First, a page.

Member-supported news for Southern California
Play Live Radio
Next Up:
Available On Air Stations
Support for LAist comes from:

Why Monday's rain showers mean little for the drought

Cloud seeding is a process that helps to yield more moisture from the sky during storms.
File photo by Neil Kremer via Flickr Creative Commons
Cloud seeding is a process that helps to yield more moisture from the sky during storms.

The rain showers Hurricane Norbert brought to L.A. Monday morning may have been a relief to some, but city officials and water experts said that they're unlikely to bring significant relief from the ongoing drought. 

"It certainly doesn't look like this storm is going to bring any significant measure of rainfall and certainly not enough to make any sort of dent in the drought," said Kerjon Lee, a spokesman for the Los Angeles County Department of Public Works.  

Lee said that the department's rain gauges across the county showed most areas gained under a tenth of an inch to a quarter inch of water in 24 hours. 

"There hasn't been any significant runoff collected in our reservoirs." Lee said.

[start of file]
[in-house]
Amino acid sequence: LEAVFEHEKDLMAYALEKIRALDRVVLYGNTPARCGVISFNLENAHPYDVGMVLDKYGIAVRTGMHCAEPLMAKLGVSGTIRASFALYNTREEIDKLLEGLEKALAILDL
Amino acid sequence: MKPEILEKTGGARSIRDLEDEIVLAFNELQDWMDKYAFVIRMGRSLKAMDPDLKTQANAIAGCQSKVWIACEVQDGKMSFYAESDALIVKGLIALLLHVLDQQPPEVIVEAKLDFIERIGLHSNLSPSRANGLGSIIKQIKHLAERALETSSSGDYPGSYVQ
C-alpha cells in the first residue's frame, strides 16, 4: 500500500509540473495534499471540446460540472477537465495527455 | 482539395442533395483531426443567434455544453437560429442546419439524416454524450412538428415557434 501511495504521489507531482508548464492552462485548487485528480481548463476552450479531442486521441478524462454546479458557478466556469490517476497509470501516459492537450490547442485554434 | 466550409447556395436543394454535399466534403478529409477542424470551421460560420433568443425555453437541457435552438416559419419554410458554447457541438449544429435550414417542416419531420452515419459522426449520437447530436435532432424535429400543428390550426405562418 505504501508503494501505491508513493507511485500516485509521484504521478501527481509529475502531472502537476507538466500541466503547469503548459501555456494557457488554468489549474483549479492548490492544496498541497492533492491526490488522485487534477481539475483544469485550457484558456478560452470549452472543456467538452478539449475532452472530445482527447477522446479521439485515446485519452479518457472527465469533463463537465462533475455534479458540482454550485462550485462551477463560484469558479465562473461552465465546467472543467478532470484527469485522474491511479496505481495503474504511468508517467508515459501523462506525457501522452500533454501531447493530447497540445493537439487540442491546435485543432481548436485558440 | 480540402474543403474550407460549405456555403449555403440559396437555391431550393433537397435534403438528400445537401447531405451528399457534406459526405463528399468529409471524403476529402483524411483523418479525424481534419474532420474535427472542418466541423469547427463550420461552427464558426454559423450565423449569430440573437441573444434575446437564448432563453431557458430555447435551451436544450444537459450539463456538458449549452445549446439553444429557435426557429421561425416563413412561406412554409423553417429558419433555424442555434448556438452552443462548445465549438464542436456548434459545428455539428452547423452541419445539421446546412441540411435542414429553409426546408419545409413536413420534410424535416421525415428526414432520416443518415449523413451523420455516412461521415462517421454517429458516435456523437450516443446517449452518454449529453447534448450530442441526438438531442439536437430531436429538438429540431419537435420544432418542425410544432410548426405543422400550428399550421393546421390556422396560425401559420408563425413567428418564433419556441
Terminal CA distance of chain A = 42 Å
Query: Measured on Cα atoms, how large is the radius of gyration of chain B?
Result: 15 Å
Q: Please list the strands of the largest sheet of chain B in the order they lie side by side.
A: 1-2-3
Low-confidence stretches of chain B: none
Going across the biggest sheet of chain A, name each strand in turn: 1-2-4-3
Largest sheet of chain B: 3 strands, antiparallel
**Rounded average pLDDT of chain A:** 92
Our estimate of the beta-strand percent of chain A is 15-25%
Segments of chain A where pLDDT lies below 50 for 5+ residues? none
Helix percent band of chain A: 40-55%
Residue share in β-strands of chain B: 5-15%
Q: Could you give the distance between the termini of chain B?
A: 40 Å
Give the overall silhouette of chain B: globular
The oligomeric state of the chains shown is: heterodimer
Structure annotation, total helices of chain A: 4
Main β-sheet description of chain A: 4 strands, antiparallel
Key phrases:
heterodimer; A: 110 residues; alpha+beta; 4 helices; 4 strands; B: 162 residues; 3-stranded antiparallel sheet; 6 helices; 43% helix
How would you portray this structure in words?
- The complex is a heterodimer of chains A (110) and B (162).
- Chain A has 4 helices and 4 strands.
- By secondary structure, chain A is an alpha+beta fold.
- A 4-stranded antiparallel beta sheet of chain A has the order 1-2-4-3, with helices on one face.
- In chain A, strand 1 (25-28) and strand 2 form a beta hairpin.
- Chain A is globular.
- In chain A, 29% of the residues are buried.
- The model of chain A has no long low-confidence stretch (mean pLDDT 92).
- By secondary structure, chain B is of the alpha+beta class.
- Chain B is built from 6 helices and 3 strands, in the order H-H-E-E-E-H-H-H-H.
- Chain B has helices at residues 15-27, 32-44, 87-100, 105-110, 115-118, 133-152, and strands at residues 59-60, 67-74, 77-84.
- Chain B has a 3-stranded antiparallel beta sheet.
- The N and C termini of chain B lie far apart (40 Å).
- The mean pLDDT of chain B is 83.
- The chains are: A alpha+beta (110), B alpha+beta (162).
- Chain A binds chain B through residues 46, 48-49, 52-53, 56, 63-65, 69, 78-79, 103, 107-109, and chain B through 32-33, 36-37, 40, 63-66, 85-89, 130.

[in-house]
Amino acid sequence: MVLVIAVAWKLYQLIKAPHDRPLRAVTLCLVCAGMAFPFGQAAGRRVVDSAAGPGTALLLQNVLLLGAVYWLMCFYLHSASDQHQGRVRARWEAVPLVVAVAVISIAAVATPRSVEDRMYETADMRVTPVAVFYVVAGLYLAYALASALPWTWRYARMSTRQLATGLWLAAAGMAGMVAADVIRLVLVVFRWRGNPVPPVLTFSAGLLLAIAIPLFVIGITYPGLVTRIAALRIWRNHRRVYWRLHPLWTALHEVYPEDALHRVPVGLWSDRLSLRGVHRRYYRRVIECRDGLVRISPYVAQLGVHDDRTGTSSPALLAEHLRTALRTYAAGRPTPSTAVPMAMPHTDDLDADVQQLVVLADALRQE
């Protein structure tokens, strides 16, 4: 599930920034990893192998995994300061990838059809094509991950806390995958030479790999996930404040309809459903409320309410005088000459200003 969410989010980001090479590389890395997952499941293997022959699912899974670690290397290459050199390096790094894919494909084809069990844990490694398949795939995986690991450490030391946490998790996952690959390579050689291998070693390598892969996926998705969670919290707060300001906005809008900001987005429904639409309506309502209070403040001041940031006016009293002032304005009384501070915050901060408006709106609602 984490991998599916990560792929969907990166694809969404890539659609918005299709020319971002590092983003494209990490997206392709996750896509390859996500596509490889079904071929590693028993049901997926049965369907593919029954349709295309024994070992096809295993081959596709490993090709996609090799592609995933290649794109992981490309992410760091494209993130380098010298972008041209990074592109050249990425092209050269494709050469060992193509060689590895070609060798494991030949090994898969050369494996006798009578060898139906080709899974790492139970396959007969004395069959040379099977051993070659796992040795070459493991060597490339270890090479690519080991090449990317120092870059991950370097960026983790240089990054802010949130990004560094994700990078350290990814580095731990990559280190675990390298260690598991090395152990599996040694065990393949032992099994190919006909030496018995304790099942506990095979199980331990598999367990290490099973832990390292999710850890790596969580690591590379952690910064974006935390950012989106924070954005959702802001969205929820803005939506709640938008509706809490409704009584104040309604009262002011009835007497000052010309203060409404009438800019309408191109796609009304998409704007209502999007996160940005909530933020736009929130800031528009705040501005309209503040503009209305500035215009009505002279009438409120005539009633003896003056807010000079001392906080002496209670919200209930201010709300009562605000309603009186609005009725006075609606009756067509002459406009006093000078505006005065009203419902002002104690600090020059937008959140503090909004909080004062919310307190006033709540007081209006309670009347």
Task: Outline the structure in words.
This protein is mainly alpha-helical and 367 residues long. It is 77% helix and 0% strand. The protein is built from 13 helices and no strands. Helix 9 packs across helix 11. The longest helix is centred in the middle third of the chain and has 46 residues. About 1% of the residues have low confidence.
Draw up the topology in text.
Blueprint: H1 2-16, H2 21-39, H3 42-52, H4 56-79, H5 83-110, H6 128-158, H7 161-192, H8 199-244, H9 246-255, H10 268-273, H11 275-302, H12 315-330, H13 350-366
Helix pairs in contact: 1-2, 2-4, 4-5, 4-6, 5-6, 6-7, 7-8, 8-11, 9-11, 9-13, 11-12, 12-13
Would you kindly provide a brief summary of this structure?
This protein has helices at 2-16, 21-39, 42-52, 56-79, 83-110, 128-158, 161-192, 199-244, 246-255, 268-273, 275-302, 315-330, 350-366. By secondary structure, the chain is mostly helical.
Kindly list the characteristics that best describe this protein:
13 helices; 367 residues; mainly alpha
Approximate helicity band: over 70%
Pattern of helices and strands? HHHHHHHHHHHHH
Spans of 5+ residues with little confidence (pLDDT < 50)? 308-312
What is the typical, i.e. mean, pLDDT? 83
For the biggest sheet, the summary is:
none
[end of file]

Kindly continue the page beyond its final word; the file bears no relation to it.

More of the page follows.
Water experts said that dry conditions made it unlikely that the runoff would make into the water table and contribute to the region's water supply system. 

“We are so dry right now that my guess is that most of the water is simply going to soak into the ground," said Nancy Steele, executive director of the Council for Watershed Health.

Brian Sheridan, a spokesman for the Council for Watershed Health, said that the rain was likely too little to trigger the organization's rain monitoring device. 

Matthew King, communications director for Heal the Bay, said that the rainfall totals were too low to wash enough pollution and trash to trigger beach closures. 

Tiny silver linings 

If any water was gained by the rainfall, it was likely to be from conservation decisions made by utilities customers. 

“I think what we can rely on this rain helping is just to irrigate your landscapes,” said Penny Falcon, manager of water conservation policy legislation and grants at the Los Angeles Department of Water and Power. "Hopefully people have said, 'Oh, it's raining today,' and they're going to shut off their irrigation system and let Mother Nature do her thing," Falcon said.

The storms' greatest value may simply have been allowing Southern Californians to experience an early September rainfall.

George Quirindongo, a part-time mover, has only been in Southern California for about three months. 

"I got my first baptism today with the rain, because I'm from New York," Quirindongo said. "I got my first California rain today. It was magical."